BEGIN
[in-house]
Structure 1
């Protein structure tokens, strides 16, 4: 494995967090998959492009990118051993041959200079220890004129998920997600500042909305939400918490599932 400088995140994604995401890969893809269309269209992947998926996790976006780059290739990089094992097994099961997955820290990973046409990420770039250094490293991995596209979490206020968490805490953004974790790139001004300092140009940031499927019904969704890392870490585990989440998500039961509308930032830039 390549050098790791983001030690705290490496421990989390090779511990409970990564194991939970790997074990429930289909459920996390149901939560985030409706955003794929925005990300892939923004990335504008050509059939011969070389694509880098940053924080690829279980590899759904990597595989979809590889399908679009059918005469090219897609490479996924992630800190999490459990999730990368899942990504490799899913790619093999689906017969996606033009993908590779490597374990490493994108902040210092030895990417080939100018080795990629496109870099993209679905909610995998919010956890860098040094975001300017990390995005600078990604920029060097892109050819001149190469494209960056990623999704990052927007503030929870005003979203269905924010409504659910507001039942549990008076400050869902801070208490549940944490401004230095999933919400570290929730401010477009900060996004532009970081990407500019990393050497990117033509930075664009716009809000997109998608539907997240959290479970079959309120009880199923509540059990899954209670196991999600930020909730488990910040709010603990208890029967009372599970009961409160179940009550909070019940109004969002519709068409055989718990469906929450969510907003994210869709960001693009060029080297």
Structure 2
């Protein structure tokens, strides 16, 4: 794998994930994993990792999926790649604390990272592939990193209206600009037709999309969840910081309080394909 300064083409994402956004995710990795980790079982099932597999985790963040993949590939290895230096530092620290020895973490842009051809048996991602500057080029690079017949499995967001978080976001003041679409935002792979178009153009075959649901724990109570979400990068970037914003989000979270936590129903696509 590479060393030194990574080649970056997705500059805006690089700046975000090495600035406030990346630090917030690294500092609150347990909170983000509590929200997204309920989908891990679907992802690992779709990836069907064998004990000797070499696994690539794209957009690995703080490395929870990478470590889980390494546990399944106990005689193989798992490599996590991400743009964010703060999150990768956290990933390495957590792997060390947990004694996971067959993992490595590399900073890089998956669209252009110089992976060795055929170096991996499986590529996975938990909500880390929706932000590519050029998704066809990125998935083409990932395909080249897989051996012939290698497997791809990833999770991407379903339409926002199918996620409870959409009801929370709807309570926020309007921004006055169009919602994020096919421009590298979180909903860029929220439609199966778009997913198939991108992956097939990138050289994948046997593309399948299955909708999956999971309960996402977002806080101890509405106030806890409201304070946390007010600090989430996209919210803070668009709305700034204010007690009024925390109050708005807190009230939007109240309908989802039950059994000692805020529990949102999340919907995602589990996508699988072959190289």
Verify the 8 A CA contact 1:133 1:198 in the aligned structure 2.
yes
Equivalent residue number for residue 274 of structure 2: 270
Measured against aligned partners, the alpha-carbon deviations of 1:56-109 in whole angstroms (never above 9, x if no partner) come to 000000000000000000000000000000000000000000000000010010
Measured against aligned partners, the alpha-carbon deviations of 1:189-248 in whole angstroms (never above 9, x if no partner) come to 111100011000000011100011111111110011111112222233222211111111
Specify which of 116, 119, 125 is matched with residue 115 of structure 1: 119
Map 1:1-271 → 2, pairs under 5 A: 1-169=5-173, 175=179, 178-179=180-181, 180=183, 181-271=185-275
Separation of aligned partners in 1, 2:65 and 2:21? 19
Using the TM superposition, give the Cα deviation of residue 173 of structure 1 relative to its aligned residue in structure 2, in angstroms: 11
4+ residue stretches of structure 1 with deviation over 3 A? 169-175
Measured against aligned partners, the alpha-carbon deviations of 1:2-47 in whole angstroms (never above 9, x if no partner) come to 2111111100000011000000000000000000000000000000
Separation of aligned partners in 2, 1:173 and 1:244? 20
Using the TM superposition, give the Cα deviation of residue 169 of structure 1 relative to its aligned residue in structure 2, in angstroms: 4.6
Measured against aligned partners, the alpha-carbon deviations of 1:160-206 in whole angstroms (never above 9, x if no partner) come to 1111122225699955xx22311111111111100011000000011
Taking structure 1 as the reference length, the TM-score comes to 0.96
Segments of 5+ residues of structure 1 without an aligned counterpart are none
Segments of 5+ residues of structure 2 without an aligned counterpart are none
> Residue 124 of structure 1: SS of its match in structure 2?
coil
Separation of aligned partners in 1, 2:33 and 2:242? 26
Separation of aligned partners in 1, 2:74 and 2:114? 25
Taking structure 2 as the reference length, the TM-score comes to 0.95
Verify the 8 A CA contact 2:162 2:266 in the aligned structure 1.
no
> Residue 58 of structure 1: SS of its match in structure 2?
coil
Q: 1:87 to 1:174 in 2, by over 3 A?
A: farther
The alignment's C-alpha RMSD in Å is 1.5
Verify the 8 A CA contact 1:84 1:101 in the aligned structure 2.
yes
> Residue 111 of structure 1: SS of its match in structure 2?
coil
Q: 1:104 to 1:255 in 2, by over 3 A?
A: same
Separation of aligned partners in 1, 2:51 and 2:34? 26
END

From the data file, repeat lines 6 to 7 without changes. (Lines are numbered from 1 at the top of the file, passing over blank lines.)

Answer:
Verify the 8 A CA contact 1:133 1:198 in the aligned structure 2.
yes